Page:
Research tends to conclude that we want a yummy snack immediately but prefer to delay paying our bills. This seems to make intuitive sense, but the researchers wanted to dig deeper into the role of anticipation. The investigation considers two theories that explain sign effect.

The Science of Productivity and Motivation | Dan Arielywww.youtube.com

Anticipation asymmetry. “Anticipation pushes against our natural tendency to want good things now and bad things later.” We’d rather get negative experiences over with to avoid the dread of waiting. Yet this desire is not as powerful as wanting positive experiences immediately.

Subjective magnitude. We weigh negatives twice as heavily as positives. This is similar to loss aversion: We prefer avoiding losses than acquiring equivalent gains. Loss aversion focuses narrowly on losses and gains, however, while subjective magnitude broadly considers positive and negative events.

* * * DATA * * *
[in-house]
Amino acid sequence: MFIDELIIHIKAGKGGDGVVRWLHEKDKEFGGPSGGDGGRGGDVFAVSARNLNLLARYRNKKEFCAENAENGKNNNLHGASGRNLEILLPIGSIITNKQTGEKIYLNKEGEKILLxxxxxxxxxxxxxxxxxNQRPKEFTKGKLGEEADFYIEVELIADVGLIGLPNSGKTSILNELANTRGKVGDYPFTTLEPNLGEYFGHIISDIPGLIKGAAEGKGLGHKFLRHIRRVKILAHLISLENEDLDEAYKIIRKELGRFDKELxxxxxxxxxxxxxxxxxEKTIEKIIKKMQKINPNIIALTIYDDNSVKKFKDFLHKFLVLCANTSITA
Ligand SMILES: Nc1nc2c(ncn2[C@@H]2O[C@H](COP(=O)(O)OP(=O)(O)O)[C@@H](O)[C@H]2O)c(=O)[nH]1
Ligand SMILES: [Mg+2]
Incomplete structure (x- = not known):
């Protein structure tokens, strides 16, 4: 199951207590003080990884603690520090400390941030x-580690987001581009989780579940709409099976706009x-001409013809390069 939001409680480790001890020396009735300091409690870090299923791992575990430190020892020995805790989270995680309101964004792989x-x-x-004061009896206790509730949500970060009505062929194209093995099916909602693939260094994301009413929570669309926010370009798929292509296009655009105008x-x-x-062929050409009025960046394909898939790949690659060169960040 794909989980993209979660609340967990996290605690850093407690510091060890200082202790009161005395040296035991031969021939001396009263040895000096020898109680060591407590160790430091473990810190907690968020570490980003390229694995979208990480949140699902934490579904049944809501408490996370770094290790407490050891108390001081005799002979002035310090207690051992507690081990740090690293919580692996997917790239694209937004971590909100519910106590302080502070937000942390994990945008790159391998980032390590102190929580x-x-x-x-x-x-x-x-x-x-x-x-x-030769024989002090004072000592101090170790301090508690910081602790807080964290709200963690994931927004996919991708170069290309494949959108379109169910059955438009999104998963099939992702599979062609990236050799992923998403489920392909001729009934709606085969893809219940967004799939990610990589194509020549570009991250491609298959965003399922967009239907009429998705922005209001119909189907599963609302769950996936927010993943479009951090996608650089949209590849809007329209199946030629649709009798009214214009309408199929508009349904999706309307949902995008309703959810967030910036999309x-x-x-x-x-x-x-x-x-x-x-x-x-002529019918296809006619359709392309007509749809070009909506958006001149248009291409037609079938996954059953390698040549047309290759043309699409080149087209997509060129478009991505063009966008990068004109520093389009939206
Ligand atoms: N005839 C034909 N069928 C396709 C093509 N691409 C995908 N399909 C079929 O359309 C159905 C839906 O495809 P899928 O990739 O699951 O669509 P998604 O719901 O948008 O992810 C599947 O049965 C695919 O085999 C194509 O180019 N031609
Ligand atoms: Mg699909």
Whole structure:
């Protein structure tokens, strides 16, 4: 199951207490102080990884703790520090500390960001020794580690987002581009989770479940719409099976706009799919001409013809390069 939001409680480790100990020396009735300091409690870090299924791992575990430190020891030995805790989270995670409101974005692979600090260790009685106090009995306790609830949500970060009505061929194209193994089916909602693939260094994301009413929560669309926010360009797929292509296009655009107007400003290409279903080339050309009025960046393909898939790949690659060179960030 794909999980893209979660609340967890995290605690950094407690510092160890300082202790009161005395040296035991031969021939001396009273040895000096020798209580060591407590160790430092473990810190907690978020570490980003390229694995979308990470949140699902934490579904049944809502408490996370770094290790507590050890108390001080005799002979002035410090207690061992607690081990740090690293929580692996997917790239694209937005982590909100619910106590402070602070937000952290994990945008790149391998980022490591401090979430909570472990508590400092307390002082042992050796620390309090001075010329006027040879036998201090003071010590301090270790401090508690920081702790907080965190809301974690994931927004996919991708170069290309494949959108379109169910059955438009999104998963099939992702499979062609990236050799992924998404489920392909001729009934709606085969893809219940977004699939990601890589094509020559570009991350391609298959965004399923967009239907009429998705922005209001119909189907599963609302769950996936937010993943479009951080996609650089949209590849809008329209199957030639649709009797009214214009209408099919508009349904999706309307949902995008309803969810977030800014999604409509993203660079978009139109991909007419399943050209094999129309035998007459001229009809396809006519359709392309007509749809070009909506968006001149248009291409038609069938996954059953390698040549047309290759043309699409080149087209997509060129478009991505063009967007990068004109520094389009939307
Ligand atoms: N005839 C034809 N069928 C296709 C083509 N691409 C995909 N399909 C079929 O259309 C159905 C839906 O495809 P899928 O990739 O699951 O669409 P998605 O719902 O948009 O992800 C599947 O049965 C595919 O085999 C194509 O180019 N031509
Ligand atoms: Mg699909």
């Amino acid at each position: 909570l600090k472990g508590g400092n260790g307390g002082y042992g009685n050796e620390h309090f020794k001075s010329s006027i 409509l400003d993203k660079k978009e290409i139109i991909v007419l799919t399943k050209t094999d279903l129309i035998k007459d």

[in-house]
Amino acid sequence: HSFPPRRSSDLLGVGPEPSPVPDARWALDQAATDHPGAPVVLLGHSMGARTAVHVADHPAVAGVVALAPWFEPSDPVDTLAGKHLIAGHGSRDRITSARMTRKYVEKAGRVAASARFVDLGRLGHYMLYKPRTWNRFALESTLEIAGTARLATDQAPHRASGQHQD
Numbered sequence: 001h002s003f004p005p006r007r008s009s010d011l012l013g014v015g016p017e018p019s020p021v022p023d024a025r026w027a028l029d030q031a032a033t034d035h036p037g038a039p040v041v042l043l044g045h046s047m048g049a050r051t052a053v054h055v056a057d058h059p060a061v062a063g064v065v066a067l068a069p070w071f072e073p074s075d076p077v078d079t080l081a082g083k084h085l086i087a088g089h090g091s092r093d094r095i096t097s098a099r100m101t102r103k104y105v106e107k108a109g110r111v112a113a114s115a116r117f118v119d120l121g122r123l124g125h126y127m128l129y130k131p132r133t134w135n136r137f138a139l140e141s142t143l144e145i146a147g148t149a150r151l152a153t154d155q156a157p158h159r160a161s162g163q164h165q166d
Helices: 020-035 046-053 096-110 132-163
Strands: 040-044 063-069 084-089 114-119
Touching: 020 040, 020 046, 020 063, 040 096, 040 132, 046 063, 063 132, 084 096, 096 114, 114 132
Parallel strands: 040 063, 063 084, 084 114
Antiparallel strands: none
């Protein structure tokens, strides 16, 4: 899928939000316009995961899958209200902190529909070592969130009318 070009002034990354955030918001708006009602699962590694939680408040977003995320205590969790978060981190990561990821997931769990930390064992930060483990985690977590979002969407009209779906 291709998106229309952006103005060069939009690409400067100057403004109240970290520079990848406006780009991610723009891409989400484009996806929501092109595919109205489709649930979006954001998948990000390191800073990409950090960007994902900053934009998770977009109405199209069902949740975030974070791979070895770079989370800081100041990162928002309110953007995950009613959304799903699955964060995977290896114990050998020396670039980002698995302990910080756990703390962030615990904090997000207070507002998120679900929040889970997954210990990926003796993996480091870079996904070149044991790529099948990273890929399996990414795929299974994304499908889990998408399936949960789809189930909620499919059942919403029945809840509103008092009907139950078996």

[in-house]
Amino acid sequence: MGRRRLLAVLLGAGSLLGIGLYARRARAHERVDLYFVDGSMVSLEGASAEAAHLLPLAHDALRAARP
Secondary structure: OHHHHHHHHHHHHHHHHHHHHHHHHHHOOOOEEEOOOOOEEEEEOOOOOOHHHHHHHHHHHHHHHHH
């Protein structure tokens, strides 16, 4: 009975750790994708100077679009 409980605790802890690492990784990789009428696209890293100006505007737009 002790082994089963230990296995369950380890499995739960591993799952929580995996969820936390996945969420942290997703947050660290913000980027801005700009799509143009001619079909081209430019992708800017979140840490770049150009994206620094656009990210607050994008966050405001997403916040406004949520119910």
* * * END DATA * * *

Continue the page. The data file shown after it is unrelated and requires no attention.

At the outset of their studies, the authors believed anticipation asymmetry better represents how we deal with future events. This is because anticipation of positive events yields two responses: positive anticipation in savoring the moment to come; negative anticipation causes us to be impatient. With negative events, dread is the result of negative anticipation. There is no positive correlation (except the relief of putting it off).

Five days of Facebook ads were purchased to measure responses to two retirement fund campaigns. One featured a tropical beach; the other was more dreadful. As anticipated, the latter won out.

“We found that an advertisement emphasizing the anticipation of future expenses was the most effective.”

The next study gauged enthusiasm for purchasing eyeglasses. The control in both groups was immediately paying for the glasses. Volunteers were given the option to either receive a rebate in one month or have an extra month to pay off the bill. The choices:

  • Brand A: pay $122 now. Brand B: pay $142 now, receive $30 in one month
  • Brand A: pay $122 now, pay $30 in one month. Brand B: pay $142 now